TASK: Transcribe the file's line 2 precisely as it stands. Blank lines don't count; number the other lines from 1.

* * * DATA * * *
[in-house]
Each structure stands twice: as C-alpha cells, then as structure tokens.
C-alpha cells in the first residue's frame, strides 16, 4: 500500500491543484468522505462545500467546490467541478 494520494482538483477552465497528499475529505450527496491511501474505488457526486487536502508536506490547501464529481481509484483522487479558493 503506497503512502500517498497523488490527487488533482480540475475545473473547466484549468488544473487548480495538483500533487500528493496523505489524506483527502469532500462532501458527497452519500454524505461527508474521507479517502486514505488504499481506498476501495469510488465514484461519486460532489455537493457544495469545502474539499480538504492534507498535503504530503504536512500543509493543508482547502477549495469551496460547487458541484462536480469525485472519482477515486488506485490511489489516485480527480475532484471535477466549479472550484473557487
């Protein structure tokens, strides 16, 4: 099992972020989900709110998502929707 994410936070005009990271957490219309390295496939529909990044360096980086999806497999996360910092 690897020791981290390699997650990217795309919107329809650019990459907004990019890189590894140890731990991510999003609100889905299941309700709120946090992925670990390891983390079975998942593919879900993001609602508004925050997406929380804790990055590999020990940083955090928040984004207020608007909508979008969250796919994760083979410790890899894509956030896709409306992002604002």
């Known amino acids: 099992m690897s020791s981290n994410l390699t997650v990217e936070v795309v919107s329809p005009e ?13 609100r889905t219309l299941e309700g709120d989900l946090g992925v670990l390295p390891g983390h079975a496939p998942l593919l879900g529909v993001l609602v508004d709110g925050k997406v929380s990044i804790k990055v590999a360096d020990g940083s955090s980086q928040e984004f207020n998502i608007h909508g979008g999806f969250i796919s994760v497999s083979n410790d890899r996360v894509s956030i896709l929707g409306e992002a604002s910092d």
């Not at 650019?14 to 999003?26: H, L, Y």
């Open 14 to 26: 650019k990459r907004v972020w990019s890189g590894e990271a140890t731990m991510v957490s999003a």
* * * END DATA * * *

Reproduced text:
Each structure stands twice: as C-alpha cells, then as structure tokens.